Is it true that there are more counterfeit Indian $2.50 quarter eagle coins than any other U.S. gold coin?
The most current information I could find was the April 13, 2009 statement from Professional Coin Grading Service that said the series at that time represented 40% of all counterfeit gold received by that service.
Why did it take until 1908 for the San Francisco Mint to be permitted to strike minor denomination coins?
Legislation allowing this was slow in coming, but was passed once it became obvious the demand for coins had increased sufficiently for this mint facility to help fill the growing need.
Would you explain the ring test and the reason it is used?
The ring test is conducted by balancing a coin on a finger, then gently tapping it with another metal object. Genuine coins will emit a high-pitched ringing sound. Electrotype and cast copies emit a very different and rather dull sound. Since the success of this test is based on how well your ear is trained, it may be a quick field test, but it isn’t foolproof.
What does the term “sweating” mean?
Sweating is a process involving placing coins in a bag, then shaking the bag to knock small pieces of metal from each coin. These metal scraps are recovered, while the coin remains relatively intact. This practice was commonplace with gold coins, since the gold scrap has significant value. The weight of the coin is not altered sufficiently enough to be noticed when the coin is spent.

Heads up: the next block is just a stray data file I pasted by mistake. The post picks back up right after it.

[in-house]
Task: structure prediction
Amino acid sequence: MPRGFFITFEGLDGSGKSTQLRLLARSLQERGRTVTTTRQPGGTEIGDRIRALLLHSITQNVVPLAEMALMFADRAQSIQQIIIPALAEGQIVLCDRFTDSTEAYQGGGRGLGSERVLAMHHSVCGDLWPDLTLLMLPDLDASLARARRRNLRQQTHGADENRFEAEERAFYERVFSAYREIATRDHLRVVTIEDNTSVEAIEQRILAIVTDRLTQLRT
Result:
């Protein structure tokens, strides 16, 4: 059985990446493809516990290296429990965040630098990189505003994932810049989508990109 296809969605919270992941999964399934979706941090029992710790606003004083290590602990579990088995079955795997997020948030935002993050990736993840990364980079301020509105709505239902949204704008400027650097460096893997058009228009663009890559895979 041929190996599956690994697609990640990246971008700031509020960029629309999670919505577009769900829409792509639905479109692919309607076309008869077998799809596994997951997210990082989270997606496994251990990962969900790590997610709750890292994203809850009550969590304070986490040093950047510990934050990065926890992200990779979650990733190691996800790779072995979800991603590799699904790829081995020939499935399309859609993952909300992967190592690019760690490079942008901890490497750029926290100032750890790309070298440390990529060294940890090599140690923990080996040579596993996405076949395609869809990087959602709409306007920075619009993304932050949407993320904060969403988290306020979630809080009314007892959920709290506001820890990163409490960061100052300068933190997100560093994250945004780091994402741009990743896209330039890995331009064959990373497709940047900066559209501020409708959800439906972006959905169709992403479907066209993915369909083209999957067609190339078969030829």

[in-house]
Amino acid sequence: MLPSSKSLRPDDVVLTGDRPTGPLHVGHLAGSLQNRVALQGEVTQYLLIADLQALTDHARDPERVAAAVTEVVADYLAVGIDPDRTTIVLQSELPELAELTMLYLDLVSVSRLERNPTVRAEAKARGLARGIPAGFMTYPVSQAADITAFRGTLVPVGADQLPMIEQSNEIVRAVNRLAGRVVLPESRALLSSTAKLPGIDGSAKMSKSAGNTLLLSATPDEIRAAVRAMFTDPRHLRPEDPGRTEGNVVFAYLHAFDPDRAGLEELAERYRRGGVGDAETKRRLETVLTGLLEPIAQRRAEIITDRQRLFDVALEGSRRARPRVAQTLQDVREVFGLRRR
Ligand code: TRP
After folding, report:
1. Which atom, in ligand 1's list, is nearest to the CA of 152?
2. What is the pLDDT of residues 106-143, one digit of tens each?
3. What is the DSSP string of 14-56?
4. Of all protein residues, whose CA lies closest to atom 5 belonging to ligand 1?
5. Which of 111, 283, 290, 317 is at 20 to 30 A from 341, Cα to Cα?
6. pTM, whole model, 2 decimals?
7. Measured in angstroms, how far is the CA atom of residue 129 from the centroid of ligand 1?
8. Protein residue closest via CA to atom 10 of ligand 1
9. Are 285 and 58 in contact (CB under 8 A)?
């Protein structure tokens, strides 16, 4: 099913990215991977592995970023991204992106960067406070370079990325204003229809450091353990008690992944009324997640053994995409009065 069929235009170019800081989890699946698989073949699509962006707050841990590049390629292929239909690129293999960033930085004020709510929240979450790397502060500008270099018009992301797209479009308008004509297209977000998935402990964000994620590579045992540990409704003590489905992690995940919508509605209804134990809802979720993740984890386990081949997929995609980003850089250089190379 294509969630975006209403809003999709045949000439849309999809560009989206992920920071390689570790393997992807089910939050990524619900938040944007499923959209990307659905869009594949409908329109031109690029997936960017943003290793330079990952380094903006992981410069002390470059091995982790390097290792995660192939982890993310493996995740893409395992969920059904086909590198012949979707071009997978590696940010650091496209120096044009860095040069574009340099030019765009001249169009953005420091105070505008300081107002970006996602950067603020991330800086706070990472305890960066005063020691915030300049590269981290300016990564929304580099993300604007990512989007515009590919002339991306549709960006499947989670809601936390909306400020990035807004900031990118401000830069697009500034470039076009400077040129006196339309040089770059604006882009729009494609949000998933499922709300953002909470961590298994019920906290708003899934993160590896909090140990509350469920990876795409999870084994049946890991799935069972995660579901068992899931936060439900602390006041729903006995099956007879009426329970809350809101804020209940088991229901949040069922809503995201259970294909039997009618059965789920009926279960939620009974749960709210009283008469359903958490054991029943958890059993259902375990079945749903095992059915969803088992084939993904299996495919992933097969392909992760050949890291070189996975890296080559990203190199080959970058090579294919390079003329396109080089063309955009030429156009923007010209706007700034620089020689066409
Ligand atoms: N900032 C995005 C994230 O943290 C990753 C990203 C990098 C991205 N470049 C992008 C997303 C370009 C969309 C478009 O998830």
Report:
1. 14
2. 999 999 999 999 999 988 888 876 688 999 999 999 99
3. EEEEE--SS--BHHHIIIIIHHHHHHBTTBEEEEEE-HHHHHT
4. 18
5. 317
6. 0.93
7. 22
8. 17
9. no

What is a Registry set?
A registry set is an online way to image and track your coin holdings, then compete against other people with similar coins or sets to see who has the better coin or set of coins. A registry set also serves as a way to keep track of what you paid, market prices, and associated third-party certification service population reports. According to the Professional Coin Grading Service web site, “You can also build your own digital coin album which you can share with your friends.”
Who were the Chapman brothers?
Henry and Samuel Chapman worked for famed Philadelphia coin dealer Captain John W. Haseltine before opening their own coin store in 1878. The brothers were pioneers in the field and started publishing illustrated auction catalogs in 1879. Three years later, they innovated further by offering detailed descriptions of each coin when they auctioned the Charles J. Bushnell Collection. Samuel retired in 1929 and Henry continued the business until his death in 1935.
John White Haseltine was a captain during the Civil War. He later became a coin dealer, coin collector, and stock market investor. Never one to shy away from a good fight, Haseltine’s 1885 coin auction was confiscated by the U.S. Mint due to an 1804 silver dollar and several suspected counterfeits in the sale. Pattern coins sold by Haseltine were seized three years later. The dispute regarding ownership of patterns was settled through the June 23, 1910 affidavit in United States vs. John W. Haseltine. Consider him a flamboyant numismatist.